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GPGPU = General-purpose computing on graphics processing units, means using GPUs for common computations.


Using GPU for computing can give you huge speed-up – 3x, 10x, 100x, or even more. We can describe modern GPU as a set of many (100 – 10000) rather simple CPUs, connected to very fast dedicated RAM. To use this power you need drivers, which support some compute standards – OpenCL, CUDA, Vulkan, or something else.

You don’t need OpenCL for desktop acceleration, web browsers and other ordinary tasks, you need only 3D drivers for that: OpenGL, sometimes Vulkan. For hardware acceleration Firefox Webrender requires OpenGL 3.0, KDE requires OpenGL 3.1.

You can get some acceleration in some applications with your GPU(s) after installing needed drivers. For instance, you can use GPU acceleration in Darktable or Blender after changing appropriate settings. Also you can use GPU to accelerate archivers (such as KDE Ark) after installing middleware drivers. For some applications you need additional tuning, for AMD read chapter SDB:AMD_GPGPU#Special_Cases for details.

Volume of available video RAM is critical: often 1-2 GiB is a bare minimum, for complex tasks you may need 6 GiB or more. You can adjust available video RAM for built-in graphics via BIOS settings.


There are three main vendors for GPGPU: Nvidia, AMD, Intel.


Nvidia holds about 90% market share for GPGPU. While it supports OpenCL, main instrumentation is CUDA. To use it uninstall nouveau drivers, taboo them, install Nvidia's proprietary drivers. You may add CUDA runtime for full support. General info about Nvidia products is here.
For drivers Nvidia provides 10 years of main support plus 2 years of maintenance support.


AMD uses open drivers and supports OpenCL, HIP, CUDA via HIP translator, Vulkan, and other standards. General info about AMD GPU products is here. General info about AMD APU products is there.
Read SDB:AMD_GPGPU page for details.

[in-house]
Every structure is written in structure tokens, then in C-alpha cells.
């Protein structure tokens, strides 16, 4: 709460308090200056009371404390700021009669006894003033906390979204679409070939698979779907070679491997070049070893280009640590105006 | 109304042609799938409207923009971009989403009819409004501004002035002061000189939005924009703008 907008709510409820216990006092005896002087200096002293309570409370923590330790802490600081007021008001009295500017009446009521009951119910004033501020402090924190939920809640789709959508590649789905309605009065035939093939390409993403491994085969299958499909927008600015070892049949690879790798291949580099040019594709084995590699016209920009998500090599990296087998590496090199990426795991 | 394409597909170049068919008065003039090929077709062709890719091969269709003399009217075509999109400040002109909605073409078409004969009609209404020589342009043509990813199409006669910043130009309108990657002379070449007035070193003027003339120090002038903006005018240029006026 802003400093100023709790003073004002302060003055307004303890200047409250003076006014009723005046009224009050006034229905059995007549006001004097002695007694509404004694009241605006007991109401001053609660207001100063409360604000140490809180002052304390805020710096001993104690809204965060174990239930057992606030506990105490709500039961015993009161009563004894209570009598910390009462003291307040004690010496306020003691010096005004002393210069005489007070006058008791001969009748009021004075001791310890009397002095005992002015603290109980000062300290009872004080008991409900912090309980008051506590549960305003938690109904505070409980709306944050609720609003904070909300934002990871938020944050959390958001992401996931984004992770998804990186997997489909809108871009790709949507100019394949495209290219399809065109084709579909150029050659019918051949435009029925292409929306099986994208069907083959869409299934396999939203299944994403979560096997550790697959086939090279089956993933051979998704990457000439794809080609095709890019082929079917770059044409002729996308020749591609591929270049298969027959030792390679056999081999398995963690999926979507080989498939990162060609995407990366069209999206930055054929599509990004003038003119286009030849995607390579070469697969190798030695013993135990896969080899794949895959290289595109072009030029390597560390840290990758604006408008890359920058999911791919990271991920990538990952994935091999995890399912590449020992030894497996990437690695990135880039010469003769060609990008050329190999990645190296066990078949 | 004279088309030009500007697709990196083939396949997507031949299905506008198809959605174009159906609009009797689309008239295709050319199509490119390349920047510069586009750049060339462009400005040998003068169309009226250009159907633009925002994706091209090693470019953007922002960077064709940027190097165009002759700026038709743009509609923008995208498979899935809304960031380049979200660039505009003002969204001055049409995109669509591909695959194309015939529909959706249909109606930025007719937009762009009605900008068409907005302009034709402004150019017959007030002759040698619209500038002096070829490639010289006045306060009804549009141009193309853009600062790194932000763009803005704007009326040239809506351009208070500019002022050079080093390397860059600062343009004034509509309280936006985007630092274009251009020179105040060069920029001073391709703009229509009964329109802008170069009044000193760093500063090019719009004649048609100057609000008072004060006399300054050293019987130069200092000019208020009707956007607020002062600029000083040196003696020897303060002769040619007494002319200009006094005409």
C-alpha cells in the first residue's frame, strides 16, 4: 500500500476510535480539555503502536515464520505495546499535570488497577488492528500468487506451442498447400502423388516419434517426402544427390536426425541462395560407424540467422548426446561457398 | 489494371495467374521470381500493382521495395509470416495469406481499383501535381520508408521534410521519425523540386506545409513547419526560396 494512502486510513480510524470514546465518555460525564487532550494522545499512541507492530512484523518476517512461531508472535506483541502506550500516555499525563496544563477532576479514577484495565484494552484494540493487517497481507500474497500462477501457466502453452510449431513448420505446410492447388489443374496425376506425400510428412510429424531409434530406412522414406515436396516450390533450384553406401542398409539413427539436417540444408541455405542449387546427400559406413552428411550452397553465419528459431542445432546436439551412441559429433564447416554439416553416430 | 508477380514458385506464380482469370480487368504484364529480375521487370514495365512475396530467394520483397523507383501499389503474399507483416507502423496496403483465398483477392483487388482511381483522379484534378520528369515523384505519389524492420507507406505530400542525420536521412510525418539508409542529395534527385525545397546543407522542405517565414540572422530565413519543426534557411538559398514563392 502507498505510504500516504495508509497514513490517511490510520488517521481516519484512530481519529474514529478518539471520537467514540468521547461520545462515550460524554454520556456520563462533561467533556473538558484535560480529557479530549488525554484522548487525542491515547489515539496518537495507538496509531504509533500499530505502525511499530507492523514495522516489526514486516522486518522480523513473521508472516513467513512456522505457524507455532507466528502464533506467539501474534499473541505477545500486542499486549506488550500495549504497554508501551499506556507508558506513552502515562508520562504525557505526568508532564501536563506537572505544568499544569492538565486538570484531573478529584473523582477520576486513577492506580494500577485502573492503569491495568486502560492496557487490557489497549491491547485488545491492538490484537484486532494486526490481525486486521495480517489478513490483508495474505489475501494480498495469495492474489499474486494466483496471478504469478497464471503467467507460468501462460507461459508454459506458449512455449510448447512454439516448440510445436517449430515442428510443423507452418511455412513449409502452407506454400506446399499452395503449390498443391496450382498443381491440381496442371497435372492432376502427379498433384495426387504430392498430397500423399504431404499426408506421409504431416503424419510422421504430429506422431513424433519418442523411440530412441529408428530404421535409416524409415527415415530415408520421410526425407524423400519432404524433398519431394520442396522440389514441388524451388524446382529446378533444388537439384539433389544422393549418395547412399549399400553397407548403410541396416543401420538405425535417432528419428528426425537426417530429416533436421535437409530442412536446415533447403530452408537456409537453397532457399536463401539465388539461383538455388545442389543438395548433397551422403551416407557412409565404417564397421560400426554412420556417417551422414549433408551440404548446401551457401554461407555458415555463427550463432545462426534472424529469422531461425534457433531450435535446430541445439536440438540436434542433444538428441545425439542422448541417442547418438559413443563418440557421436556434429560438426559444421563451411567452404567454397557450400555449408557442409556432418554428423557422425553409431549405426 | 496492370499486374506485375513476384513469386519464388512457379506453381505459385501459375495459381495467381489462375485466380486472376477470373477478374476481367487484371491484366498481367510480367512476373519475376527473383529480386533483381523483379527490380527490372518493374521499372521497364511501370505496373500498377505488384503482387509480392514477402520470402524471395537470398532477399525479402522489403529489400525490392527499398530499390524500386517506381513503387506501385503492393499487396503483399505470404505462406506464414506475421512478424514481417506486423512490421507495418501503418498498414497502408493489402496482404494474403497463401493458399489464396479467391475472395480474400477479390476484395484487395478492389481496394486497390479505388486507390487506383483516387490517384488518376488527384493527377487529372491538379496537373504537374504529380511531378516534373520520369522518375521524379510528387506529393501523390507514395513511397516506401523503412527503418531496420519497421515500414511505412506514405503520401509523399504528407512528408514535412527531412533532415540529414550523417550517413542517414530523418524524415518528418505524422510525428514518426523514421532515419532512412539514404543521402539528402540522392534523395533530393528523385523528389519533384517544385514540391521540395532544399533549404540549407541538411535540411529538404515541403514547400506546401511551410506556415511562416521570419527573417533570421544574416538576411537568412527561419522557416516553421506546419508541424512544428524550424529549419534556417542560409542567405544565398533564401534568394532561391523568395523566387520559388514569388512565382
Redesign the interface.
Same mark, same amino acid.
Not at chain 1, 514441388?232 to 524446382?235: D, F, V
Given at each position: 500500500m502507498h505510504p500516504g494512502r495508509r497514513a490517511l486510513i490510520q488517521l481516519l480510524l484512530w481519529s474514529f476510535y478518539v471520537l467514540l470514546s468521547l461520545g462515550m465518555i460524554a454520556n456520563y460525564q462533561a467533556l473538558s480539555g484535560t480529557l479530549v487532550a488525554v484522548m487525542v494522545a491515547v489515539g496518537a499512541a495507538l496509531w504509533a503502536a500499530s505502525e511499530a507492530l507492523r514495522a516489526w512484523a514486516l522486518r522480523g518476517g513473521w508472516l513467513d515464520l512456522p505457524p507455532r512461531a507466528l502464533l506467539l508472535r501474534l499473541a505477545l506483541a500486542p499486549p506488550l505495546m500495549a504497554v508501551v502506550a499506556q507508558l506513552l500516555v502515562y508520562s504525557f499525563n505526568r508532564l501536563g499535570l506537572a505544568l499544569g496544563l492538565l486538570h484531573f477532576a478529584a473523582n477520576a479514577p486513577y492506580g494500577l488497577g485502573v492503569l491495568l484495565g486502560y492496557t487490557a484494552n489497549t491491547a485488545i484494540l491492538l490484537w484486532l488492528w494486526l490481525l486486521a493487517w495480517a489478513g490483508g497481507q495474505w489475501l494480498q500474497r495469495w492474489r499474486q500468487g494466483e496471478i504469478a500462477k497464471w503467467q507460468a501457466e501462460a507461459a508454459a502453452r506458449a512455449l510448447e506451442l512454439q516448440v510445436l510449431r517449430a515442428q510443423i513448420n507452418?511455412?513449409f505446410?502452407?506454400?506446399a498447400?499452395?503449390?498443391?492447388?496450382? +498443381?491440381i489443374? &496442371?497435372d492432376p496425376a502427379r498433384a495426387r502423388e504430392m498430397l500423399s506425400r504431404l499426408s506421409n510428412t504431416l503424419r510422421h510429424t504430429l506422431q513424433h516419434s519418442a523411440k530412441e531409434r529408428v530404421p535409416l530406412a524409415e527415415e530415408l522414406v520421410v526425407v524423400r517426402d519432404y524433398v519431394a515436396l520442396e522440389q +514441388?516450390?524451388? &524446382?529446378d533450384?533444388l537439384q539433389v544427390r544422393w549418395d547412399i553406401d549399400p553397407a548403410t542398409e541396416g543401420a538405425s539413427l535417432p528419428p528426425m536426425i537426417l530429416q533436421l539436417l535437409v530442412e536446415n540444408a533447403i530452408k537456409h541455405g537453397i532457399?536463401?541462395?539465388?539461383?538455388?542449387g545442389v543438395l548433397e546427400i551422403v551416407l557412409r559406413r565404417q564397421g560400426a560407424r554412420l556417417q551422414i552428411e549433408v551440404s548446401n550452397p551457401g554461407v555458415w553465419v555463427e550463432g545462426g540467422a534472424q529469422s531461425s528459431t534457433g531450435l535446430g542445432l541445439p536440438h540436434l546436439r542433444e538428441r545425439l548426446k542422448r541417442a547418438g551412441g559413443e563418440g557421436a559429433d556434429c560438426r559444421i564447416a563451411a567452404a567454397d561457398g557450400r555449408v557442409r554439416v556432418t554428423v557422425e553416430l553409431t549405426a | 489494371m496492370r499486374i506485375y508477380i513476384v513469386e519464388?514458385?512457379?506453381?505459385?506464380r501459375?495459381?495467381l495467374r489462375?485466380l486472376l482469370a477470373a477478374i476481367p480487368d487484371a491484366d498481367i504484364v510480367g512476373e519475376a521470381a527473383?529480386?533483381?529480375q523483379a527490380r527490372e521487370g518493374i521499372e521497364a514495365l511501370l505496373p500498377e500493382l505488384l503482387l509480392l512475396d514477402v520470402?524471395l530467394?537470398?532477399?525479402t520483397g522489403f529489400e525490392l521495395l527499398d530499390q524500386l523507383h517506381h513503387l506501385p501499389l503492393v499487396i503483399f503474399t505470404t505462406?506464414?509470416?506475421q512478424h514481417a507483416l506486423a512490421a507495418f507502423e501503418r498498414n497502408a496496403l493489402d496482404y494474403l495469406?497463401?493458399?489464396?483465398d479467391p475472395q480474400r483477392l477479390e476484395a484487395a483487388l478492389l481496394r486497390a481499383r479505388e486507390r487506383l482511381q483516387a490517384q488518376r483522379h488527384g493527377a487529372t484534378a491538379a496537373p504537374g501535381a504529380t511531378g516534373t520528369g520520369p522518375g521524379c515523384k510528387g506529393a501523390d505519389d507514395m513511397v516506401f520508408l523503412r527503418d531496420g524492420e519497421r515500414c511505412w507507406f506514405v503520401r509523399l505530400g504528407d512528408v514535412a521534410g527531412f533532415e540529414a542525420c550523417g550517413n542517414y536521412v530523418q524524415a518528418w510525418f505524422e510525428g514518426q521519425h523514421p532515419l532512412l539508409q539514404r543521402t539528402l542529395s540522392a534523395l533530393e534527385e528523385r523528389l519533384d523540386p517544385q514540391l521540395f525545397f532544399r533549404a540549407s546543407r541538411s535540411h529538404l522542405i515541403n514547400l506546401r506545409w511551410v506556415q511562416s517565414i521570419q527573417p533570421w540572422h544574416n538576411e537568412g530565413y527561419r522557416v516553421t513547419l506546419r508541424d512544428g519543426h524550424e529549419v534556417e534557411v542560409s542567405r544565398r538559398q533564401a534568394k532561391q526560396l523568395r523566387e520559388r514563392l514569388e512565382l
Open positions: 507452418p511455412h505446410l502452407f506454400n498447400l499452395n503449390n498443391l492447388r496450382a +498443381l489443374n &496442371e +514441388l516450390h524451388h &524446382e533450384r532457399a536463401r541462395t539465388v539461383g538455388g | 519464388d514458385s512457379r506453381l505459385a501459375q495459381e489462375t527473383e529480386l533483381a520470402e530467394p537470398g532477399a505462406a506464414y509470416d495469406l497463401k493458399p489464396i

Intel uses open drivers and supports OpenCL, oneAPI, SYCL, Vulkan, and other standards. It provides decent support level. But Intel consumer graphic cards lack FP64 support (link1, link2). General info about Intel GPU products is here.


Wiki info, website. Unknown wonders from China.


Huawei Ascend 910B. Unknown wonders from China.

Moore Threads

Moore Threads MTT S4000. Unknown wonders from China.

Dedicating GPU for GPGPU

With GPGPU you can easily get 100% GPU load, so your desktop windows can stutter, web browser may hang. To avoid this behaviour dedicate one GPU (the simplest one, such as built-in) for desktop usage, and use other(s) for GPGPU acceleration. Also this solution will free some video RAM in accelerator for calculations.
Main rule for dedicating GPU for GPGPU: do not attach video cables to card(s) which you select for computations.
Reverse dedication: you can use graphic card for general usage and built-in GPU for GPGPU.

Testing GPGPU

Here is list of some useful tests and utilities for checking GPGPU (mainly OpenCL) capabilities.

  1. You can check supported OpenCL extensions with clinfo utility (clinfo package from Main repository), measure speed with clpeak utility (clpeak package).
  2. For AMD use package radeontop to watch GPU utilization.
  3. Luxmark, download page.
  4. FAHBench. It works OK with Leap 15.4 and older ones, for Leap 15.5 to run FAHBench-gui disable library FAHBench_folder/lib/, which comes with tar archive by renaming it to
  5. Indigo Bench.
  6. Blender supports CPU, CUDA, OptiX (best for Nvidia RTX), AMD HIP (HIP RT since 3.6 for Windows only, for Linux use Blender 4.0 & newer), Intel oneAPI (oneAPI RT since 3.6). Sample files for tests and comparison are here (news), newer editions - there. Check requirements to run Blender here. GPGPU has additional requirements: GPU rendering. To test OpenCL use version 2.x (select in Previous versions). Blender doesn’t support Terascale chips since 2.91, needs GCN 1 and newer just to run (however, may work with software emulation - LLVMpipe). For Terascale 2 & 3 try using Blender 2.90 (albeit not supported, it might still work).

Converting CUDA and HIP to OpenCL and Level Zero - chipStar

ChipStar is a tool for compiling and running HIP/CUDA on SPIR-V via OpenCL or Level Zero APIs. ChipStar enables porting HIP and CUDA applications to platforms which support SPIR-V as the device intermediate representation. It supports OpenCL and Level Zero as the low-level runtime alternatives. More at


  1. You can install and use more than one OpenCL driver after configuring installed drivers with icd files located in "/etc/OpenCL/vendors/".
  2. You can use CPU(s) as OpenCL device after installing PoCL. Package is here. Another option is in using LLVMpipe + Rusticl.
  3. You can run calculations on GPU and on CPU together.